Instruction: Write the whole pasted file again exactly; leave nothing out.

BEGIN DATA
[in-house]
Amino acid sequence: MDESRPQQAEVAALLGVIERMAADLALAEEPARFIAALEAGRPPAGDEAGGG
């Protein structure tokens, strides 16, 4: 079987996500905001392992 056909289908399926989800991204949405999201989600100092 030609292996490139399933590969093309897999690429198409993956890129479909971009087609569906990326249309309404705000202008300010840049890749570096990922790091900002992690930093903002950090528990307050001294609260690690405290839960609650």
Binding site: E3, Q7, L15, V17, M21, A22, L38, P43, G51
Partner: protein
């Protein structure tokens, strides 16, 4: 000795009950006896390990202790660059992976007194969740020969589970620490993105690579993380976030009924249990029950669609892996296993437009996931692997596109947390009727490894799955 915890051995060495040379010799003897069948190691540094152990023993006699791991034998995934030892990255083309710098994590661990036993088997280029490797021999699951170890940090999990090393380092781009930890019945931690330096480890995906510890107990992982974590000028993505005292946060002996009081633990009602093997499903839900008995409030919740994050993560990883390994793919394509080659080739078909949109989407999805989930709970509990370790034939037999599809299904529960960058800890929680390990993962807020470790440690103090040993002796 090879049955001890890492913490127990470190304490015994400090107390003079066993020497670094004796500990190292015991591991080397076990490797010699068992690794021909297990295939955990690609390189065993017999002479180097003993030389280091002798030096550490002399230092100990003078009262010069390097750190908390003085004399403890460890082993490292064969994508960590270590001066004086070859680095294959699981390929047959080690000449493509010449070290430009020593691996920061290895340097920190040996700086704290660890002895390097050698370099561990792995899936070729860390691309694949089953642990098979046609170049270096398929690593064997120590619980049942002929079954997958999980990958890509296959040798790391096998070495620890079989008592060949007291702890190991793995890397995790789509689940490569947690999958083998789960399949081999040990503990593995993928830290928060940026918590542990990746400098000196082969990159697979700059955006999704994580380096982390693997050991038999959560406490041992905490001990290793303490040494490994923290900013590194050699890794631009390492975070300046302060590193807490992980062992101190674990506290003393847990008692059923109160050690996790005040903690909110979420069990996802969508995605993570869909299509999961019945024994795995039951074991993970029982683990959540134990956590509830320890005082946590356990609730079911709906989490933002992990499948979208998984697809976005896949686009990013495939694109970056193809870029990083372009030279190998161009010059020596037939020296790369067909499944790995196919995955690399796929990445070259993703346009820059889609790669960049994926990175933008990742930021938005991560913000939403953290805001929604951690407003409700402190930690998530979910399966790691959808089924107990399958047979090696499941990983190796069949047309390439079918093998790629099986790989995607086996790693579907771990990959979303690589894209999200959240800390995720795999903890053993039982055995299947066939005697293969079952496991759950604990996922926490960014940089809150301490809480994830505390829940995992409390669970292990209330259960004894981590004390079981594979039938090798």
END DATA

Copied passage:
[in-house]
Amino acid sequence: MDESRPQQAEVAALLGVIERMAADLALAEEPARFIAALEAGRPPAGDEAGGG
């Protein structure tokens, strides 16, 4: 079987996500905001392992 056909289908399926989800991204949405999201989600100092 030609292996490139399933590969093309897999690429198409993956890129479909971009087609569906990326249309309404705000202008300010840049890749570096990922790091900002992690930093903002950090528990307050001294609260690690405290839960609650």
Binding site: E3, Q7, L15, V17, M21, A22, L38, P43, G51
Partner: protein
């Protein structure tokens, strides 16, 4: 000795009950006896390990202790660059992976007194969740020969589970620490993105690579993380976030009924249990029950669609892996296993437009996931692997596109947390009727490894799955 915890051995060495040379010799003897069948190691540094152990023993006699791991034998995934030892990255083309710098994590661990036993088997280029490797021999699951170890940090999990090393380092781009930890019945931690330096480890995906510890107990992982974590000028993505005292946060002996009081633990009602093997499903839900008995409030919740994050993560990883390994793919394509080659080739078909949109989407999805989930709970509990370790034939037999599809299904529960960058800890929680390990993962807020470790440690103090040993002796 090879049955001890890492913490127990470190304490015994400090107390003079066993020497670094004796500990190292015991591991080397076990490797010699068992690794021909297990295939955990690609390189065993017999002479180097003993030389280091002798030096550490002399230092100990003078009262010069390097750190908390003085004399403890460890082993490292064969994508960590270590001066004086070859680095294959699981390929047959080690000449493509010449070290430009020593691996920061290895340097920190040996700086704290660890002895390097050698370099561990792995899936070729860390691309694949089953642990098979046609170049270096398929690593064997120590619980049942002929079954997958999980990958890509296959040798790391096998070495620890079989008592060949007291702890190991793995890397995790789509689940490569947690999958083998789960399949081999040990503990593995993928830290928060940026918590542990990746400098000196082969990159697979700059955006999704994580380096982390693997050991038999959560406490041992905490001990290793303490040494490994923290900013590194050699890794631009390492975070300046302060590193807490992980062992101190674990506290003393847990008692059923109160050690996790005040903690909110979420069990996802969508995605993570869909299509999961019945024994795995039951074991993970029982683990959540134990956590509830320890005082946590356990609730079911709906989490933002992990499948979208998984697809976005896949686009990013495939694109970056193809870029990083372009030279190998161009010059020596037939020296790369067909499944790995196919995955690399796929990445070259993703346009820059889609790669960049994926990175933008990742930021938005991560913000939403953290805001929604951690407003409700402190930690998530979910399966790691959808089924107990399958047979090696499941990983190796069949047309390439079918093998790629099986790989995607086996790693579907771990990959979303690589894209999200959240800390995720795999903890053993039982055995299947066939005697293969079952496991759950604990996922926490960014940089809150301490809480994830505390829940995992409390669970292990209330259960004894981590004390079981594979039938090798």